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Playing Nice With Google

Below Evan Schnittman, OUP’s Vice President of Business Development and Rights for the Academic and USA Divisions, responds to William MacNamara’s Financial Times article on digitizing books. A similar article also appeared in The Telegraph. (Full Disclosure: Evan is a member of Google’s Publisher Advisory Board. As the name implies, it is simply an advisory group, and Google can take or leave its suggestions. Additionally, OUP is participating not only in Google Book Search, but also Microsoft’s Live Book Search (LBS) and Amazon’s Search Inside The Book (SITB) because we strongly believe that discoverability and access leads to customer acquisition and book purchasing.)

The opening line of William MacNamara’s story “Publishers seek to play Google at its own game” ominously portends “Publishers are racing to digitize their books as they seek to counter the threat posed by the internet giant Google.”

The reality is that we are not running scared from Google – frankly it’s quite the opposite. Through initiatives like Google Book Search, Amazon’s Search Inside the Book, Microsoft’s Windows Live Book Search, the Sony Reader device, the digitization of the library market over the last 5 years, the looming new digital initiatives at the biggest vendors, the power of the blogosphere, and so many more things that I could never finish this already too long sentence – we have finally been presented with enough options that make financial sense and so we are pursuing our digital future.

What we publishers have come to realize is that Google and friends have opened up the world to our content by showing us that discoverability and access leads to interest and opportunity. Every major media company is now thinking they need to figure out their share of the digital space.

While publishers like those cited in the article are investing millions in asset repositories and deep backlist digitization, it hardly means that they are doing to spite or protect themselves from Google. In fact, I would venture to say that Google would prefer a world where all publishers worked with them through a common API and didn’t have to digitize entire collections on its own dime. This goes for Microsoft and Amazon and everyone else for that matter.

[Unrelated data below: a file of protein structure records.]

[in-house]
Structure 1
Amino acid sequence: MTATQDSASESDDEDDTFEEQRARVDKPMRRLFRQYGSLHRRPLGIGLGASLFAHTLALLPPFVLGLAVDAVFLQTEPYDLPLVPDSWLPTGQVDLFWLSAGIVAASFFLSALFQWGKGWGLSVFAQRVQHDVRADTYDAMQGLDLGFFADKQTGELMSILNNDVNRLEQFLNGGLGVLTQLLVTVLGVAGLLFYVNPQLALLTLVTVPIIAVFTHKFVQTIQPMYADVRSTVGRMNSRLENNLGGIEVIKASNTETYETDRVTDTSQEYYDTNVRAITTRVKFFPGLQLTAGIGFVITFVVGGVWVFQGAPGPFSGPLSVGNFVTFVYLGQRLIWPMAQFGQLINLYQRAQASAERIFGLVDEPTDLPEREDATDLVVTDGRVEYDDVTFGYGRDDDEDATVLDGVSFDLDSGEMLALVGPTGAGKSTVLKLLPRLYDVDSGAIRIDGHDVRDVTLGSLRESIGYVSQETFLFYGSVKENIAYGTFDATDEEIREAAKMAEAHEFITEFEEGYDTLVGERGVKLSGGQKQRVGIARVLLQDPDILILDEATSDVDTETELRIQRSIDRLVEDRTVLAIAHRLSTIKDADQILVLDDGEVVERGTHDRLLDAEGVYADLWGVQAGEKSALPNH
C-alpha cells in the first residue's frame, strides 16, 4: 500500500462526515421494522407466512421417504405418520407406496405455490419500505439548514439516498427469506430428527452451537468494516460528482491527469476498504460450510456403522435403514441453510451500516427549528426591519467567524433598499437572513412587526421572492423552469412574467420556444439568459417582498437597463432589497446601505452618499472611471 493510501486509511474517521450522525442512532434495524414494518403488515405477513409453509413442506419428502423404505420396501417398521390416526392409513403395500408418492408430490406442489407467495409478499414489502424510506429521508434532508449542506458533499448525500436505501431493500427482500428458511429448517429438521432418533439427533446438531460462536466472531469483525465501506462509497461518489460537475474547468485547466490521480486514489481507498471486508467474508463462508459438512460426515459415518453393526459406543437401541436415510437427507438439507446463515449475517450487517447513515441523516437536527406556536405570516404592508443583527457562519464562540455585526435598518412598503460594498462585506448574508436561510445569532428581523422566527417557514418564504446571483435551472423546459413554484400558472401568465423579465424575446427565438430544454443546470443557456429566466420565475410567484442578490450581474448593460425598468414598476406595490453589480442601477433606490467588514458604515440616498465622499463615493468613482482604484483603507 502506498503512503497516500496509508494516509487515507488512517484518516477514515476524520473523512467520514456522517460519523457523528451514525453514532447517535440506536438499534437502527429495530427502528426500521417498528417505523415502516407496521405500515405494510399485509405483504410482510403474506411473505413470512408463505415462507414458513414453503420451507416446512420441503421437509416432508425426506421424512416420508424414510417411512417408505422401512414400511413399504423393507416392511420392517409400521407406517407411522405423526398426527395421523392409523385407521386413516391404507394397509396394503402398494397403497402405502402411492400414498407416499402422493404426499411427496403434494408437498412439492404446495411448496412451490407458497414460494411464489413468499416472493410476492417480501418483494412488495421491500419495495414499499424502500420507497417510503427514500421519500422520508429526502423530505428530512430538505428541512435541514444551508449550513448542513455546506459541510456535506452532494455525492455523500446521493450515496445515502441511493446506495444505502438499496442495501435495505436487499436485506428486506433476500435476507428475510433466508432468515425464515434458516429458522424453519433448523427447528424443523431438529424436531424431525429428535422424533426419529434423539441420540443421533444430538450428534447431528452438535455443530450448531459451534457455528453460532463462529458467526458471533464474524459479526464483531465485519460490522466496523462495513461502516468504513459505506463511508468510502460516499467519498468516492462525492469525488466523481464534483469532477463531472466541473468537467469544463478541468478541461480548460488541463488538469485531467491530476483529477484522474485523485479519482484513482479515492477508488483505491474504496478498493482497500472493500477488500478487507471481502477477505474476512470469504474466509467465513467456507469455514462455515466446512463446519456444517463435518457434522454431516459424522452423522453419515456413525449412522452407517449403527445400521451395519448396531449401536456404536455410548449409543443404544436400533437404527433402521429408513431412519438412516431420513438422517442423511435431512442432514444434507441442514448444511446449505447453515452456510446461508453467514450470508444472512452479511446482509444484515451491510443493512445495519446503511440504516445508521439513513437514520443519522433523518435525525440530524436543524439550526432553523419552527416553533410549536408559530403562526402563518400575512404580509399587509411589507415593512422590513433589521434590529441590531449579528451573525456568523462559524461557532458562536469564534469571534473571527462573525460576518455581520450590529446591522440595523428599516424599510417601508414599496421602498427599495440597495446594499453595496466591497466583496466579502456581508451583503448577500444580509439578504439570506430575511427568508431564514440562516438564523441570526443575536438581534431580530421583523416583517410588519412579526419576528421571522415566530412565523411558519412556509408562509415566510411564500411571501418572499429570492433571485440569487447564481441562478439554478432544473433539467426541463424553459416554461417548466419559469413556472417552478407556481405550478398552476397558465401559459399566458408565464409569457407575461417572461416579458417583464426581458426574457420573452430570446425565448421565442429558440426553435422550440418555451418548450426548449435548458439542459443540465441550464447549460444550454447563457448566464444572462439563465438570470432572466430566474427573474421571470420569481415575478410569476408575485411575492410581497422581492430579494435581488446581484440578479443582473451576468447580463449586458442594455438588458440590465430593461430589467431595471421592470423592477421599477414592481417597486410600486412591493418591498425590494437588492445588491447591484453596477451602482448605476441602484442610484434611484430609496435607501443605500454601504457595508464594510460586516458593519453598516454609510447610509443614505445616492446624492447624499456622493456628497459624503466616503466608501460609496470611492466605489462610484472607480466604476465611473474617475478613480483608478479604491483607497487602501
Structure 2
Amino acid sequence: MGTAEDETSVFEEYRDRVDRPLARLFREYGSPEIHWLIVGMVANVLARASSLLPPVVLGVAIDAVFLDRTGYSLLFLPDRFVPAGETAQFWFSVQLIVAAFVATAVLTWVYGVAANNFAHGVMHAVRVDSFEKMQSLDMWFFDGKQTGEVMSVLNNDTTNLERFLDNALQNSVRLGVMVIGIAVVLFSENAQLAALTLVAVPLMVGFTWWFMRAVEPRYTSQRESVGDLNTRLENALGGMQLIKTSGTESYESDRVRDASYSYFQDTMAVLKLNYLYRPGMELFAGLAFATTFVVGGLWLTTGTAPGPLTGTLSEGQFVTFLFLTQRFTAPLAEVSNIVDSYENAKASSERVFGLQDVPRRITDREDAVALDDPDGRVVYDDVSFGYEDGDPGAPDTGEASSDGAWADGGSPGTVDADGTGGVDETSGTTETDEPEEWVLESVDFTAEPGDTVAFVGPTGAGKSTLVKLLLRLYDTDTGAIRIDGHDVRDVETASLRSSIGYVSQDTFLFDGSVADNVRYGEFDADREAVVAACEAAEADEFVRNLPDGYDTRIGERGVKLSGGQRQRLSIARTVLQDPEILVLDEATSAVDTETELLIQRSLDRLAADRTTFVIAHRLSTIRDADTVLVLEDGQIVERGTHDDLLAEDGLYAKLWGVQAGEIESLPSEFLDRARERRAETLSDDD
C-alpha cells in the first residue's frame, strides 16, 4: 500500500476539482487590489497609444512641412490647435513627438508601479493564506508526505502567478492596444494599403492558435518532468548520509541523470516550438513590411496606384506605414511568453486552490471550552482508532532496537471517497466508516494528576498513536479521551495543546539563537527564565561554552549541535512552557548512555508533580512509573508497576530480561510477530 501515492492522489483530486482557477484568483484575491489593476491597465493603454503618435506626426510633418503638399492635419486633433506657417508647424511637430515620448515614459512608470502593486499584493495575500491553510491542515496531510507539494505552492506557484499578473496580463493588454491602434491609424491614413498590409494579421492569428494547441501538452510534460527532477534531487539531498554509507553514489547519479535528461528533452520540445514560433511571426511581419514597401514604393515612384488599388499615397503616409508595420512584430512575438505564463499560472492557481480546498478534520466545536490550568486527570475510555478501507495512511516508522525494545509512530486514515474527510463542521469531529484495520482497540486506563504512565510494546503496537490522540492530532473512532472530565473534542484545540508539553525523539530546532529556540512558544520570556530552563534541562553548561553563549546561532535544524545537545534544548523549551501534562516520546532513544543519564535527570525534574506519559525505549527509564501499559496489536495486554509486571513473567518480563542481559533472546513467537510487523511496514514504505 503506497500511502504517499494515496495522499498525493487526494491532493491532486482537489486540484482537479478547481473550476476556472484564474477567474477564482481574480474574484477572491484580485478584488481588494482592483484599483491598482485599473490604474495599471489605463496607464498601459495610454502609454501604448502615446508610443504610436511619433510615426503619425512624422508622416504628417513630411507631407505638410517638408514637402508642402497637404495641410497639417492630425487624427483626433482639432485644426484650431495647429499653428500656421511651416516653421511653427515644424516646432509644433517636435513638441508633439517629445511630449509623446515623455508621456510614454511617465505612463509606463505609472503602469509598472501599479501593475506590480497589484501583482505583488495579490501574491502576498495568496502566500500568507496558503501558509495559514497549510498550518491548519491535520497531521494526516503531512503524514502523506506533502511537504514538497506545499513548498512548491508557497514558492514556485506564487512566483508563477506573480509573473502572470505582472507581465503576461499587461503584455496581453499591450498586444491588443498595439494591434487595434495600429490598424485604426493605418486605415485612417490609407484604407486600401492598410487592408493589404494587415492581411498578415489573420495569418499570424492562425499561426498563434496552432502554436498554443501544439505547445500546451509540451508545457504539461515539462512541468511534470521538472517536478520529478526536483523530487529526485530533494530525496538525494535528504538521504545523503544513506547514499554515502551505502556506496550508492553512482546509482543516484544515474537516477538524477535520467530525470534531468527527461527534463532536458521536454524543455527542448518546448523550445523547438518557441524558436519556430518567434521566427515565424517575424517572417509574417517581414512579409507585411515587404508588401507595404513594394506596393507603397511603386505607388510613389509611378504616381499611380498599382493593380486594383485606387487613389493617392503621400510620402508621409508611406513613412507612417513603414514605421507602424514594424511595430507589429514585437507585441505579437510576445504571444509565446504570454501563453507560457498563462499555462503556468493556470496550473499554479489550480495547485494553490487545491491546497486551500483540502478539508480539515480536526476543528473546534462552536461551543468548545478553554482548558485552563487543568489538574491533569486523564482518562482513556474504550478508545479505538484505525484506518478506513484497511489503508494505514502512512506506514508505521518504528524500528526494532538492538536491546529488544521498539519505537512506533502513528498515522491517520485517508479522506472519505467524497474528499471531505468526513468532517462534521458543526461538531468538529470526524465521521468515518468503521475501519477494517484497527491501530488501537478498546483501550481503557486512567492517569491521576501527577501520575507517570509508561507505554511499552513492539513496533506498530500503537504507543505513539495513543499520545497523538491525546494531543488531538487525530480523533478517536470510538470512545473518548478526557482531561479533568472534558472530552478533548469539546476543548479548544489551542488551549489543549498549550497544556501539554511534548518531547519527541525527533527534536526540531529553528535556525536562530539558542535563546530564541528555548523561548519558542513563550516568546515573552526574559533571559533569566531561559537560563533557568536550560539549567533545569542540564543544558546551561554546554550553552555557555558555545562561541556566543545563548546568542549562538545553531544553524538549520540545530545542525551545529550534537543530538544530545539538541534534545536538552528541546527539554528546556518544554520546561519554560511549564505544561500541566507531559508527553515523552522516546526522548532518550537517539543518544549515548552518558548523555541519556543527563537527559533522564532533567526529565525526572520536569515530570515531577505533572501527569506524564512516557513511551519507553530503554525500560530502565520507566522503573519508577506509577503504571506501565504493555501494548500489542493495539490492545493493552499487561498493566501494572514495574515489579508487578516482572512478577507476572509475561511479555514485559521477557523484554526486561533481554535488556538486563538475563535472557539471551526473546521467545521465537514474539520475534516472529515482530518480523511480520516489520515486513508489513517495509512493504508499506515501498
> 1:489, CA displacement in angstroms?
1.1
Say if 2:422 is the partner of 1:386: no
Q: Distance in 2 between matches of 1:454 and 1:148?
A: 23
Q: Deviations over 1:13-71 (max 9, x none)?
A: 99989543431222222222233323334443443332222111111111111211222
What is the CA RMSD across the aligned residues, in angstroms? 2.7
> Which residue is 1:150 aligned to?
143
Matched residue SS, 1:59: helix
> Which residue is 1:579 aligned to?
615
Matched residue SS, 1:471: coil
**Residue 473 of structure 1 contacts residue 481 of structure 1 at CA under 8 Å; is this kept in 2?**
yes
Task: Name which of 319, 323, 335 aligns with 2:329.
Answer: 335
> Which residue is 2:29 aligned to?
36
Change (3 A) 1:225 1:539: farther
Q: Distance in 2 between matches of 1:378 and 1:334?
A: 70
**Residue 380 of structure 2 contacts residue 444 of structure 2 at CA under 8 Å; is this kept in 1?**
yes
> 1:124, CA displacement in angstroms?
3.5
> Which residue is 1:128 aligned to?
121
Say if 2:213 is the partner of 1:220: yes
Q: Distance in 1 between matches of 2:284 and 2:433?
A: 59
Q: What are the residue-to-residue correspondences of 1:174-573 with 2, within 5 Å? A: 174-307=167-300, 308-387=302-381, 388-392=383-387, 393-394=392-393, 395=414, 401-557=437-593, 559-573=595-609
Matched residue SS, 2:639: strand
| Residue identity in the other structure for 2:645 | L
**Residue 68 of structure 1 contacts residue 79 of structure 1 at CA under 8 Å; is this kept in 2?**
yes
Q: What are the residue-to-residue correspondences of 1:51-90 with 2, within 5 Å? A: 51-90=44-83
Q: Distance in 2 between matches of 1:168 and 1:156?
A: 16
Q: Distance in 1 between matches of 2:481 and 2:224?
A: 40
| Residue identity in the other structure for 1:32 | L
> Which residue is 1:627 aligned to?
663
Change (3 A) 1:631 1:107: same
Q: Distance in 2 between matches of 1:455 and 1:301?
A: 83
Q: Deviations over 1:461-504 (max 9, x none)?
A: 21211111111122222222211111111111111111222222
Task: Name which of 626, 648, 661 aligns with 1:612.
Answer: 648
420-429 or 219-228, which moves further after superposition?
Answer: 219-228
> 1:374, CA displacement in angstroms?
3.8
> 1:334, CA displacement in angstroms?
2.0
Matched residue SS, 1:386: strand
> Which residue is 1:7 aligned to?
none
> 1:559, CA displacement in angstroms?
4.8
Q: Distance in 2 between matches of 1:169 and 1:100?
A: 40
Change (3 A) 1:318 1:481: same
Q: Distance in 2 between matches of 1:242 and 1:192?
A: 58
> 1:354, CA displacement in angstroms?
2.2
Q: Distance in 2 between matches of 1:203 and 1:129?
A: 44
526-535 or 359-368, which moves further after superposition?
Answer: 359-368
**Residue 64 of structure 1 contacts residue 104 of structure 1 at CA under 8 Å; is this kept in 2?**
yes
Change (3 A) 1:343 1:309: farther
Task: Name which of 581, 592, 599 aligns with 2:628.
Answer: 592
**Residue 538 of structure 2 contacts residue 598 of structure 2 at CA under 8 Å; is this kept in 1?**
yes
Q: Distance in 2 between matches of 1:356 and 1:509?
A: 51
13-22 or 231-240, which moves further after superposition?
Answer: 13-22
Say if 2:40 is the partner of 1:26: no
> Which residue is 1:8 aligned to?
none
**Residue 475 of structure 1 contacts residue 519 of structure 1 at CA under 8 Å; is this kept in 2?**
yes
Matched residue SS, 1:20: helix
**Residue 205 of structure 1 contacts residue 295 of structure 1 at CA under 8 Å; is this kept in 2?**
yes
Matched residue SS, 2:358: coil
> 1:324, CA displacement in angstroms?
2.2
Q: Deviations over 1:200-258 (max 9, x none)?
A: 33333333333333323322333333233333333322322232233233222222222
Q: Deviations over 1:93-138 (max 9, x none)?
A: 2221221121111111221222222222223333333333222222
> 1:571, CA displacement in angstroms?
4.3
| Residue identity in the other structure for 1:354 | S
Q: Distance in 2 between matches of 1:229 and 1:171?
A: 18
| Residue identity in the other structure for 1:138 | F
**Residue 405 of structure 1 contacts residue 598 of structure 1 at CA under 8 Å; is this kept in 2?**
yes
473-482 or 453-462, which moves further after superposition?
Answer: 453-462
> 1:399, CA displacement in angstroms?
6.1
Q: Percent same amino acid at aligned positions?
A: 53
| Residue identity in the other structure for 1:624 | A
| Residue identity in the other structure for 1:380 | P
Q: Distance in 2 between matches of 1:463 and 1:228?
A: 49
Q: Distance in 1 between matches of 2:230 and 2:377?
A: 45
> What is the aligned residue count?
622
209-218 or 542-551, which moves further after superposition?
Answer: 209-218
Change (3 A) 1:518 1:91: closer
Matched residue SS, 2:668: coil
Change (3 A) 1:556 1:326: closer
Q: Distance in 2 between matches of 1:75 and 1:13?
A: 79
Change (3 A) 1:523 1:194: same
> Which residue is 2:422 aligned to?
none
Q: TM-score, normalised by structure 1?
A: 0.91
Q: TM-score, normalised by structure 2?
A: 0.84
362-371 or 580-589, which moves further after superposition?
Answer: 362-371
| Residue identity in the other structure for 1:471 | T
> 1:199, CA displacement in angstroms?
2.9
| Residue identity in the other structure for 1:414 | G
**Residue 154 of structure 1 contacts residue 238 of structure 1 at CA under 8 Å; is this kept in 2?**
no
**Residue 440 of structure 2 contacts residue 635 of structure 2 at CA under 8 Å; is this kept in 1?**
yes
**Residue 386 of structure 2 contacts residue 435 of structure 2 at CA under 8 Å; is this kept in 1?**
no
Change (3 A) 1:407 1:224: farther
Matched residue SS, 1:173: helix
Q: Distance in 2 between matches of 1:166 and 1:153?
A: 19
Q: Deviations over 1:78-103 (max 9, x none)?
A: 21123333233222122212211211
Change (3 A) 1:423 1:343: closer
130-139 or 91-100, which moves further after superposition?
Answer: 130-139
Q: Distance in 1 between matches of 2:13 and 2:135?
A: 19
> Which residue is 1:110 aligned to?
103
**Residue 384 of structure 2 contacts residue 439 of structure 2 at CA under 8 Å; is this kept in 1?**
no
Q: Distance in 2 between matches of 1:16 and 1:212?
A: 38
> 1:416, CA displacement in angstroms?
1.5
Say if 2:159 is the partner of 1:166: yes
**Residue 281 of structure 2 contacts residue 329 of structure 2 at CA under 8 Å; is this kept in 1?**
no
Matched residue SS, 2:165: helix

It is important to note that not all publishers are created equal. The reality is that only a few major players can afford to invest in these large scale digital projects so the industry as a whole will still rely on the Google’s of the world to digitize and index our content. Believe it or not, Google is actually helping publishers!

This is an incredibly important moment in the history of publishing as we are being given the opportunity to transform the discoverability of our content. Most of us will do so using the very same tools we have relied upon for ages – we will license our content and use the power of copyright law to protect ourselves.

The book industry is suing Google over the non-licensed use of content and the courts will help us figure out where to go from here. But the fact remains that most of the companies named in the lawsuit are also working with Google in GBS. Is that what Mr. MacNamara means by playing Google at its own game?

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2 Responses to “Playing Nice With Google”
  1. Anonymous says:

    Playing Nice With Google

    Evan Schnittman responds to William MacNamara’s Financial Times article on digitizing books. He argues that Google and similar search programs are good for publishers.

  2. OUP on Google

    OUP Behaves in the Sandbox OUP’s blog today, in a response to the Financial Times article (subscription required) of a couple days ago, talks about what Google’s digitization effort is doing for publishing – and how they are responding to…

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